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Did you know that malaria spawned the gin and tonic?

First came the tonic (as treatment), then came the gin (for flavour!)

Malaria kills around 400 thousand individuals annually. It’s the result of a bodily infection by single-celled parasitic organisms from the Plasmodium genus and causes fever, vomiting, chills and body aches. There is some good news though. Malaria can be treated with quinine, the main component of tonic water!

Quinine is isolated from the bark of the cinchona tree, which has been used for hundreds of years by groups like the Quechua people to treat maladies like shivers and diarrhea.

In the 1700s a Scottish doctor, George Cleghorn, discovered that quinine could be used to treat malaria. This quickly led to tonic water being drunk by British soldiers stationed in India to fight malaria. But as you may know, tonic water is quite bitter. So, in the 1800s, soldiers took to adding first gin, and eventually lemon and lime to their tonic water, to hide the bitter flavour, thus inventing the classic (and my favourite!) gin and tonic.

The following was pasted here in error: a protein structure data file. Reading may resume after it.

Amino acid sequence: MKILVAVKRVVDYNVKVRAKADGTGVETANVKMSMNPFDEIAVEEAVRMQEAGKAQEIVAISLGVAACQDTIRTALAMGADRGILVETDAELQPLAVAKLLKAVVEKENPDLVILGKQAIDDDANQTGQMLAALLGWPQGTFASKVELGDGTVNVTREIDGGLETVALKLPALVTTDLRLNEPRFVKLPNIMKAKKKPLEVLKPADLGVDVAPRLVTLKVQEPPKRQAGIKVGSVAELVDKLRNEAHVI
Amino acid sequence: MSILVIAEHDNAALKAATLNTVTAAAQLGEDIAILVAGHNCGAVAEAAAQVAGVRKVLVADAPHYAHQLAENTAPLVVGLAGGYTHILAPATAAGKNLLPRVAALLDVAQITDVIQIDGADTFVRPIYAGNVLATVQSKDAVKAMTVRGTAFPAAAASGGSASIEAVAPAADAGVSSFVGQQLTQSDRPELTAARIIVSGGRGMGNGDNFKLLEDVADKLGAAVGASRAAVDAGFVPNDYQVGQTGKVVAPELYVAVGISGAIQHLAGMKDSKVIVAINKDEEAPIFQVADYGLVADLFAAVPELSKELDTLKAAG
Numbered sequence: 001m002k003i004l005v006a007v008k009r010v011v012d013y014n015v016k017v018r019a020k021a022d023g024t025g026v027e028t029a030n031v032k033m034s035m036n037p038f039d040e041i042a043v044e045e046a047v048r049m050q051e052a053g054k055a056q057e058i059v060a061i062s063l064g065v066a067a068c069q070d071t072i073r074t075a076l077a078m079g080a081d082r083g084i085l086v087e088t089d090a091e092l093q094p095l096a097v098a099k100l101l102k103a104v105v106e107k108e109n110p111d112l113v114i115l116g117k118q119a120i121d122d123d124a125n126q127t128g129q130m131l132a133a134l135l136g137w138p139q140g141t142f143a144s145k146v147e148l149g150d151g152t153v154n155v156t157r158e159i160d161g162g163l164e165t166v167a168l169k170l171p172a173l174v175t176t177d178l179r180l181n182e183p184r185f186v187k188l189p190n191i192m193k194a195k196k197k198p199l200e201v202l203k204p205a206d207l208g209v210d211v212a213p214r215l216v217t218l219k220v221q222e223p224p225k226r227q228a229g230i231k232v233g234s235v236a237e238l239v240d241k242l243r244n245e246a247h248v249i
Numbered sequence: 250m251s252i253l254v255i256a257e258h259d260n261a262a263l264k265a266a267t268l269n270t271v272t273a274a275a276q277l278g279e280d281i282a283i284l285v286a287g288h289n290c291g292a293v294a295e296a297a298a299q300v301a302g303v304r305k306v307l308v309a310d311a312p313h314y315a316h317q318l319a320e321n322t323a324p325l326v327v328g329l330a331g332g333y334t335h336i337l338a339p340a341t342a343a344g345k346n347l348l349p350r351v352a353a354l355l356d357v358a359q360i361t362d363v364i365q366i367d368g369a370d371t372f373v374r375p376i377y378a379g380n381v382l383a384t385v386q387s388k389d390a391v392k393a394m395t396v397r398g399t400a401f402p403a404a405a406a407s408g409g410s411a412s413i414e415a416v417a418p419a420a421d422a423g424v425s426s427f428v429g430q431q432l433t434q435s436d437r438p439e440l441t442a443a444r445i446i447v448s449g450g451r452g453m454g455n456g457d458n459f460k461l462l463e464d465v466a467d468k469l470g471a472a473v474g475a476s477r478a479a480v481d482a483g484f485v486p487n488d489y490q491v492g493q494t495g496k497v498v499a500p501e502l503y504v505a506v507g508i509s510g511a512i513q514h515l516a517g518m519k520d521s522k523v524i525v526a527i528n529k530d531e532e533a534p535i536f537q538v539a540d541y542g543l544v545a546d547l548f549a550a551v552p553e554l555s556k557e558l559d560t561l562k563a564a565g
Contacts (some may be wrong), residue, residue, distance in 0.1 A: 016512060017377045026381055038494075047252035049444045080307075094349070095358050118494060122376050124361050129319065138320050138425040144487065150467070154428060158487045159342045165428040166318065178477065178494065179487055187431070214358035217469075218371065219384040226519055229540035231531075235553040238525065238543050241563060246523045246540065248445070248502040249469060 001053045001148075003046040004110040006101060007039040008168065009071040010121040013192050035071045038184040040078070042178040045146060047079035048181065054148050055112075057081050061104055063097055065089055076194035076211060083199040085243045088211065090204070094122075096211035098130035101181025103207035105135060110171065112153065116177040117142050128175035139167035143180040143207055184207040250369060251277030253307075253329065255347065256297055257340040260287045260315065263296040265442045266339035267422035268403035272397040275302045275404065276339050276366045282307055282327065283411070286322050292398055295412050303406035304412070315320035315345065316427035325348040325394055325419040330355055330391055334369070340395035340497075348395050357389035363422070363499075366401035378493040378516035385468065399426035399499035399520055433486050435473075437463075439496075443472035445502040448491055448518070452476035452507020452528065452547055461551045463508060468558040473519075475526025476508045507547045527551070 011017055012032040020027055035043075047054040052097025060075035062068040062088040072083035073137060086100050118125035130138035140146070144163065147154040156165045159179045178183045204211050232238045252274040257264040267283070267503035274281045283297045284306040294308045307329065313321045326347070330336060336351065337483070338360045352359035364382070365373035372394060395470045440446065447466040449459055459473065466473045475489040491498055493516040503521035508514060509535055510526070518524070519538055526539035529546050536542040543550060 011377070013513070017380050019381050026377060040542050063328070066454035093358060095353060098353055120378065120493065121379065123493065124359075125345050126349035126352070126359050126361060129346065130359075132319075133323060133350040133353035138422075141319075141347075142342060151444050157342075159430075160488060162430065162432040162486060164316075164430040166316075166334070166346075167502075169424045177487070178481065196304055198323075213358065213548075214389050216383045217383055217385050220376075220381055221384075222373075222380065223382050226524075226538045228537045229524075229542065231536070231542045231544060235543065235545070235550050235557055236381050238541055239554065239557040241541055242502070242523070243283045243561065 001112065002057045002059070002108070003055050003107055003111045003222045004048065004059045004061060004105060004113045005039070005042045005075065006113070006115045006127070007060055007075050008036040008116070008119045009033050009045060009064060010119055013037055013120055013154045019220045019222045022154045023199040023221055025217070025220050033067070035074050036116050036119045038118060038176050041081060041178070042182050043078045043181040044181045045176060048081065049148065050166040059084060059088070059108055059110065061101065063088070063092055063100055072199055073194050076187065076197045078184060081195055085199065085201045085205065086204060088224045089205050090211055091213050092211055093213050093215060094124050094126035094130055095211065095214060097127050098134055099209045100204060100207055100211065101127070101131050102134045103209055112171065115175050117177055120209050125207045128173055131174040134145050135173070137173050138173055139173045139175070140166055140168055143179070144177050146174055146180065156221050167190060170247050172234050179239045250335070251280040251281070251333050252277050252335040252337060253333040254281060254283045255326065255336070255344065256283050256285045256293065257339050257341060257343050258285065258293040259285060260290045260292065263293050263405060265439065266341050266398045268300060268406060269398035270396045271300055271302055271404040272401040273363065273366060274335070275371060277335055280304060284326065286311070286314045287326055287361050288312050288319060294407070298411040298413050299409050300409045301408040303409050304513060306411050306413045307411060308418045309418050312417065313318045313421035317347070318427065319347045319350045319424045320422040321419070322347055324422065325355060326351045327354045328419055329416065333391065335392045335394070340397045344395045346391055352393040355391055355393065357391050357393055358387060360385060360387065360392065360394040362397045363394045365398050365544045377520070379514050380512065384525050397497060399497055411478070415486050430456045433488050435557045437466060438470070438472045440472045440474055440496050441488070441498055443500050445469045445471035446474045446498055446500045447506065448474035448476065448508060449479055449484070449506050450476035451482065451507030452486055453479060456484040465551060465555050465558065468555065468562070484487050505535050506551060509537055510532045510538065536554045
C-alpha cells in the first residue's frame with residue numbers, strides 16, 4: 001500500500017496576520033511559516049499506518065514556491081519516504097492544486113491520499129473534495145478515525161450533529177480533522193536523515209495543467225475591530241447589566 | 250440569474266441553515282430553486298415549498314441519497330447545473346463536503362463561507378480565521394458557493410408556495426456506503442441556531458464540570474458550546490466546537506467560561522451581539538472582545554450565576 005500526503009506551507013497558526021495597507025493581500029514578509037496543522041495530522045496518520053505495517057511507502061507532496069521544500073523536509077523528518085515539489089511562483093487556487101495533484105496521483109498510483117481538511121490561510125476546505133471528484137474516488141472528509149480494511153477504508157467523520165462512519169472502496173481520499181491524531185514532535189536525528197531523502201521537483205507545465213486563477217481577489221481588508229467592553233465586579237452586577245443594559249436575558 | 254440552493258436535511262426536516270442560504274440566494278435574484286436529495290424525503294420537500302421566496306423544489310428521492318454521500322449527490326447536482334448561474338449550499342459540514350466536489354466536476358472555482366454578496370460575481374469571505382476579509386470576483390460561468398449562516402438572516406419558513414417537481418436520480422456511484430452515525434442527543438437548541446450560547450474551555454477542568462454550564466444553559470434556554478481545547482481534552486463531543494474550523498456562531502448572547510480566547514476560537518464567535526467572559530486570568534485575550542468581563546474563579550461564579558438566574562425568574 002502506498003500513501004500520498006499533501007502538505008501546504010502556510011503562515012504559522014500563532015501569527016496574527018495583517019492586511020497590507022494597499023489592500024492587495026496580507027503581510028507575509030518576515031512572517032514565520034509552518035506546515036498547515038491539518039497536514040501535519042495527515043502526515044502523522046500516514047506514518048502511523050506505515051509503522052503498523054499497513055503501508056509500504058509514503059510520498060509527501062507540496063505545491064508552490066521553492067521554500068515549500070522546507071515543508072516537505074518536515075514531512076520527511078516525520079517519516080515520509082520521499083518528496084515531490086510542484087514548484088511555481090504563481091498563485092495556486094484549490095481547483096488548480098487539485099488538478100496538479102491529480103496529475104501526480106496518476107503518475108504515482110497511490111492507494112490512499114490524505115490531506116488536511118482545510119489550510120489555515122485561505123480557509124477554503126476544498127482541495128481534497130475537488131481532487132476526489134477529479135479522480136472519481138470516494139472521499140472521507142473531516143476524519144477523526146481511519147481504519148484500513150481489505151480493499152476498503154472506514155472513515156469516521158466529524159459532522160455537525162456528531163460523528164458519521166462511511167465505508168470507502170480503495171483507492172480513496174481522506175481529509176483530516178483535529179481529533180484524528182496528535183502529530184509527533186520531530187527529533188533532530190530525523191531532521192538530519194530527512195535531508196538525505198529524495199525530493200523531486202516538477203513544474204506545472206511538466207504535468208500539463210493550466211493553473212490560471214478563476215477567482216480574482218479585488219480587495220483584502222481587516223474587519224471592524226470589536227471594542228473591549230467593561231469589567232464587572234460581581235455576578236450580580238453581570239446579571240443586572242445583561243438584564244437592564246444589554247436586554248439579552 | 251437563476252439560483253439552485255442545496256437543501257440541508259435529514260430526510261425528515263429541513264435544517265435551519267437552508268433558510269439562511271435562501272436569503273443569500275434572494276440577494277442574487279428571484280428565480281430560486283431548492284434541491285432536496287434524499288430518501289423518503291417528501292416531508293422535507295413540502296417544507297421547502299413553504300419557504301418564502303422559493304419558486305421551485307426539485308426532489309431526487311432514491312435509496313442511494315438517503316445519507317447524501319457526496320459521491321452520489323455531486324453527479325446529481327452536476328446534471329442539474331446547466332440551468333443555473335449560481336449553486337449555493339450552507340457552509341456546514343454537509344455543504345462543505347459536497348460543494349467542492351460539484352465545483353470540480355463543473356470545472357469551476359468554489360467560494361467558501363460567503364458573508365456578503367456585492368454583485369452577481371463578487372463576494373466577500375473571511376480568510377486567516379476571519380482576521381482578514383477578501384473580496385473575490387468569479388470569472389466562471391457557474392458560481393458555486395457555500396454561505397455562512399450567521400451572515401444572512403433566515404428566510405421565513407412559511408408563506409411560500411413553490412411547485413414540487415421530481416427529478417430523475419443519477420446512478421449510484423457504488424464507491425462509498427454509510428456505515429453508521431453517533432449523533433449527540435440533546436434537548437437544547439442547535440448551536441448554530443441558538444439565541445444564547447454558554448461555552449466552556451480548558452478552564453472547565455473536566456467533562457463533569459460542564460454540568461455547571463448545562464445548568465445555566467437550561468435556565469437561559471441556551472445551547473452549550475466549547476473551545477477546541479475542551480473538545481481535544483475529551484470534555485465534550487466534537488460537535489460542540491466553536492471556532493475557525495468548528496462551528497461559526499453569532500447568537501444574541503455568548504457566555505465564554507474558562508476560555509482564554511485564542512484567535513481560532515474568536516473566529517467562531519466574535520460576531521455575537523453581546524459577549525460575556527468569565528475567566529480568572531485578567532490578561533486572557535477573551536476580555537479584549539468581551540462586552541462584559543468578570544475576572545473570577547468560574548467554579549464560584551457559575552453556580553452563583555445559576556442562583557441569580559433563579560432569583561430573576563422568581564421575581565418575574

Nowadays the quinine content of tonic water is minimal, and more effective antimalarial drugs have been developed, but a close relative of quinine, quinidine, is still commonly used as an antiarrhythmic drug to treat irregular heart rhythms. The two compounds only differ in the position of one of their chemical groups: quinine features an OH group that points in one direction, while in quinidine it points in the opposite direction. This small switch is enough to change the function of the drug from antimalarial to antiarrhythmic.


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